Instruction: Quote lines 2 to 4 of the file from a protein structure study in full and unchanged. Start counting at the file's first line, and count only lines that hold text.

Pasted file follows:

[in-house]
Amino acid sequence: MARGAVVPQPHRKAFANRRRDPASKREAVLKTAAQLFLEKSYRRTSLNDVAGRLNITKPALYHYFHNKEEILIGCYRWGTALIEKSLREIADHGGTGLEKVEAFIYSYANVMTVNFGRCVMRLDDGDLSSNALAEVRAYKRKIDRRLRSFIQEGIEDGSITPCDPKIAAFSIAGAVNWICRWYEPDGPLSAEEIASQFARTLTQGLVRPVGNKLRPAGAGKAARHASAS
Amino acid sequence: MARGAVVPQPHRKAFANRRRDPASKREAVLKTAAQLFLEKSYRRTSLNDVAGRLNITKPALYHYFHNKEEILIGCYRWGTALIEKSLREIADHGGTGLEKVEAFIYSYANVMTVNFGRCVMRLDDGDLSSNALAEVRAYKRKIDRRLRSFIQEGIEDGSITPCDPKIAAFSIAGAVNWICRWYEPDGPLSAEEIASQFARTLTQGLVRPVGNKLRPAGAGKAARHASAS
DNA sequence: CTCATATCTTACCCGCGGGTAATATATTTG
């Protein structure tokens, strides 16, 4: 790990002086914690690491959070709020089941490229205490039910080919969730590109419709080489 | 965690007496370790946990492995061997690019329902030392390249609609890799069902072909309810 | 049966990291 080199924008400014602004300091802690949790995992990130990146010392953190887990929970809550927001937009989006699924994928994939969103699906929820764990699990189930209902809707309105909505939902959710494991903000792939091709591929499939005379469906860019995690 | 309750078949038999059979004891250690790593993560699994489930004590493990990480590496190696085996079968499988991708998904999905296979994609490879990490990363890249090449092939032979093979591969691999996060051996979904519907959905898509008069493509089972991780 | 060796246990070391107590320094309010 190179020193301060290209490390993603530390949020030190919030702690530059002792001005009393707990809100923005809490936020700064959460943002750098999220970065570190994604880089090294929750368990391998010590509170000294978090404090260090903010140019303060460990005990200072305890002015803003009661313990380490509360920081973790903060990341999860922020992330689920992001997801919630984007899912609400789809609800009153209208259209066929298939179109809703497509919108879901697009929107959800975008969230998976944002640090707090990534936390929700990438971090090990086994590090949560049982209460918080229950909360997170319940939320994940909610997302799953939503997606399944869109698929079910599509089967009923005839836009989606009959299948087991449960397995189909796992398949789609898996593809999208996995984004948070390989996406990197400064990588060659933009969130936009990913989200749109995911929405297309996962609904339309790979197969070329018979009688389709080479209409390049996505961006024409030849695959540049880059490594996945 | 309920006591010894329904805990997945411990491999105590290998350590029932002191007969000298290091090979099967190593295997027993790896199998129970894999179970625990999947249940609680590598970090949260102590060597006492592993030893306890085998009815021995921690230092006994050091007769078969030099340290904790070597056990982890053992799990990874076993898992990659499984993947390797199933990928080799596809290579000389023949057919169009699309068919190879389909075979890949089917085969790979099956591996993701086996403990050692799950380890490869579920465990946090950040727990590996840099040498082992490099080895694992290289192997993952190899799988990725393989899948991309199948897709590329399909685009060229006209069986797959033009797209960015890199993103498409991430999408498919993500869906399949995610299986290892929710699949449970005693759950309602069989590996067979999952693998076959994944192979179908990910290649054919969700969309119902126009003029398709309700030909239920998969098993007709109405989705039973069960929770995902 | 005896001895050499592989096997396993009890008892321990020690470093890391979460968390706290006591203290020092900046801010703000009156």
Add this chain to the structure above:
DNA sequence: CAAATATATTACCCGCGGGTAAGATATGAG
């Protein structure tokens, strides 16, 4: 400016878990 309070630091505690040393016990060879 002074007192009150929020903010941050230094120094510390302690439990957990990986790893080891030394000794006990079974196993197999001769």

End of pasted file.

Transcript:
Amino acid sequence: MARGAVVPQPHRKAFANRRRDPASKREAVLKTAAQLFLEKSYRRTSLNDVAGRLNITKPALYHYFHNKEEILIGCYRWGTALIEKSLREIADHGGTGLEKVEAFIYSYANVMTVNFGRCVMRLDDGDLSSNALAEVRAYKRKIDRRLRSFIQEGIEDGSITPCDPKIAAFSIAGAVNWICRWYEPDGPLSAEEIASQFARTLTQGLVRPVGNKLRPAGAGKAARHASAS
Amino acid sequence: MARGAVVPQPHRKAFANRRRDPASKREAVLKTAAQLFLEKSYRRTSLNDVAGRLNITKPALYHYFHNKEEILIGCYRWGTALIEKSLREIADHGGTGLEKVEAFIYSYANVMTVNFGRCVMRLDDGDLSSNALAEVRAYKRKIDRRLRSFIQEGIEDGSITPCDPKIAAFSIAGAVNWICRWYEPDGPLSAEEIASQFARTLTQGLVRPVGNKLRPAGAGKAARHASAS
DNA sequence: CTCATATCTTACCCGCGGGTAATATATTTG